Hands-on owner Jet Foley created a unique bar and restaurant five years ago but closed the doors in January and put the building up for sale, which was once a former 76 gas station and garage.
Car wash next to RIOT
There is a former car wash and building for sale next to the Riot. “There’s going to have to be some revitalization of that building,” he said,
It’s going to take someone to come in and do an office space or another winery, he said. It’s going to have to be converted into something different.
Former Masonic Temple
Faust said the old Masonic Temple in Old Town is being call the Galileo project. It will be a wine tasting room, restaurant, shopping area and some grapes will be grown there, too.
“It will be a huge building up there. There will be a lot of opportunity for people to go and spend, not just a couple of hours, but probably three or four hours up there in between having wine with the restaurant and shopping area as well,”
Faust said he has not heard much about the sale of the former Thai Palace, which is just off Main Street in Old Town.
He said it would make another great restaurant or a conversion into another kind of business,
Faust also said he didn’t know what the update was on the former yoga building across from Bocci at the Jail Trail parking lot. The Old Town Mission building is also listed for sale.
Faust said the Hippie Emporium will become a new business in the next couple of months, but he could not say what kind of business at this time. “It’s going to be rented again,” he continued. “So that will be good, at least having someone on that end of the town.”
At the other end of town, right between the proposed microbrewery and the former Masonic Temple project, is the Colt Grill that owner Brenda Clauston opened three years ago.
Friday afternoon, diners ate outside on the Colt deck along Main Street listening to a live musician as Grand Canyon Brewery from Williams set up for a beer promotion event.
Clauston is also the president of the Old Town Association and said things have worked out great for her restaurant in the entrance “bend” of Old Town.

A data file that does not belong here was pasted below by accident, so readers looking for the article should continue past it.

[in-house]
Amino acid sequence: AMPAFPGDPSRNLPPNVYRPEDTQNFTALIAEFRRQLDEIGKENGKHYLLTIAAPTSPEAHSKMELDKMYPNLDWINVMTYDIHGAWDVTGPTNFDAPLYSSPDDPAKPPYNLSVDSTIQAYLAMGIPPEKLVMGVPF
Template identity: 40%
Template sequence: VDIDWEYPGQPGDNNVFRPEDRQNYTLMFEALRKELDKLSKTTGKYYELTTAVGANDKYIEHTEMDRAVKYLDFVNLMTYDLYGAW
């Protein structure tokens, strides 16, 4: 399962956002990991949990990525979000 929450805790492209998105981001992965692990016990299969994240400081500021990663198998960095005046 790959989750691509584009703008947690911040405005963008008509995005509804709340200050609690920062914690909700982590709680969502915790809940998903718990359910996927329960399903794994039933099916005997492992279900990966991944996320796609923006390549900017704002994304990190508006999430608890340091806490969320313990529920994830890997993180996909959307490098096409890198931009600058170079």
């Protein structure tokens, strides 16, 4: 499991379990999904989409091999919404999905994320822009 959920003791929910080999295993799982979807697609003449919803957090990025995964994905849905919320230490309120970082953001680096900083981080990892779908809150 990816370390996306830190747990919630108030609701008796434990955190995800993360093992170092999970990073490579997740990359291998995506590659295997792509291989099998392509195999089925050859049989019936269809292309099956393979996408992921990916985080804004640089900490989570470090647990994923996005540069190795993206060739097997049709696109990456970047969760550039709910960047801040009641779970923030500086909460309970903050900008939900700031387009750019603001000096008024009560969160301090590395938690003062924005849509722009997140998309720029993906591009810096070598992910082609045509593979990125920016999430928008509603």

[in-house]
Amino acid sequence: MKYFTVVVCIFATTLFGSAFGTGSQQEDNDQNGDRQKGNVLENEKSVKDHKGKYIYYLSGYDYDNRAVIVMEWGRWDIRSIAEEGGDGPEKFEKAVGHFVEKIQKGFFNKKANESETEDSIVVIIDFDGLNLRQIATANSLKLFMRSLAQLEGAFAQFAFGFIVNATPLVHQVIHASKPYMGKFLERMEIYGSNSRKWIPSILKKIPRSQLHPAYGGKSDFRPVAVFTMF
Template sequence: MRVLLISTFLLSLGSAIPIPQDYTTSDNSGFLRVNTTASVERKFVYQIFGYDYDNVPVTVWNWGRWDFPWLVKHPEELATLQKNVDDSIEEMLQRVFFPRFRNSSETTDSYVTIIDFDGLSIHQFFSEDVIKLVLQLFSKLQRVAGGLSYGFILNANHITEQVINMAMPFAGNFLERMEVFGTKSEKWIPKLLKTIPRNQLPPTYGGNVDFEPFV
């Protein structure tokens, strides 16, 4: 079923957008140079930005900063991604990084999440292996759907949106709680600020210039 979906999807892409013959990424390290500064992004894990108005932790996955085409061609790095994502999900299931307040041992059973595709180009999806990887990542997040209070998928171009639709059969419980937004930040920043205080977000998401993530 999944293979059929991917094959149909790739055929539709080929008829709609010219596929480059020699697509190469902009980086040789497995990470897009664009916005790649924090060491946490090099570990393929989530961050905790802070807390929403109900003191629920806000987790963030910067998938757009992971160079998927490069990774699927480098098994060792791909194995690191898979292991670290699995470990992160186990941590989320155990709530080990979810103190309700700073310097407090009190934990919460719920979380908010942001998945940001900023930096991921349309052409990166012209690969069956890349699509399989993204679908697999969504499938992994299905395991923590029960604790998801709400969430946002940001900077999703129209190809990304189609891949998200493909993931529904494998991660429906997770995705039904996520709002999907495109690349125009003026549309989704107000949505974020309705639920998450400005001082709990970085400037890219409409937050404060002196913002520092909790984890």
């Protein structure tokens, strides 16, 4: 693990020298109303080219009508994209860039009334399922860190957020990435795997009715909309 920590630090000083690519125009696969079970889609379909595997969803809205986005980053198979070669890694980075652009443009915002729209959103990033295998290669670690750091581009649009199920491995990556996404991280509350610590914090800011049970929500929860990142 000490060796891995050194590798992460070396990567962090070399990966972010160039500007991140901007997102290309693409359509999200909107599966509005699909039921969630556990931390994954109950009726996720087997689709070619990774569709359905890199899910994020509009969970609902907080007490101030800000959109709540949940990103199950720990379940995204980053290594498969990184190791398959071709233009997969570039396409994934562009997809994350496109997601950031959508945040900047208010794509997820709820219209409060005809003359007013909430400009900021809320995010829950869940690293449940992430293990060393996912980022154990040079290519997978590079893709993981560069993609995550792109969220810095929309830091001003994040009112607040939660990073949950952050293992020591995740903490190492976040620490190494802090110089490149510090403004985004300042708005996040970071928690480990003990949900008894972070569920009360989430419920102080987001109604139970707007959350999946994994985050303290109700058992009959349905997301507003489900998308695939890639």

At first most of the pedestrian traffic seemed to be at the north end of town, but their restaurant started migrating people to the southern end. Then Crazy Tony’s opened, the art shop next door also opened, and Art Glitter does well and then Bings was purchased and reopened. “And the community clubhouse being redone has been wonderful,” she said.
“I see a big improvement in the last three years,” Clauston pointed out. “I think we are off and running.”
“Our board is really dedicated in bringing locals back to Old Town again and increasing tourism,” she said. “We’ve done tremendous work.”
Retention, new business and marketing
“We look at business retention,” Faust said. The wineries in the Cottonwood area have said they need a bottling facility in Cottonwood, so the city has put out a beacon for bottling companies.
The same is true with the need for places to store large quantieies of wine, Faust continued. The solution is a 10,000-foot storage warehouse facility at the Cottonwood Airpark. The coolers in the storage facility will be segmented and set at different temperatures for different wines, he said.
In the end, Faust said the best way the city can help in the marketing of Old Town is to keep current businesses open and successful.
His job is to make sure the glass is always at least half full.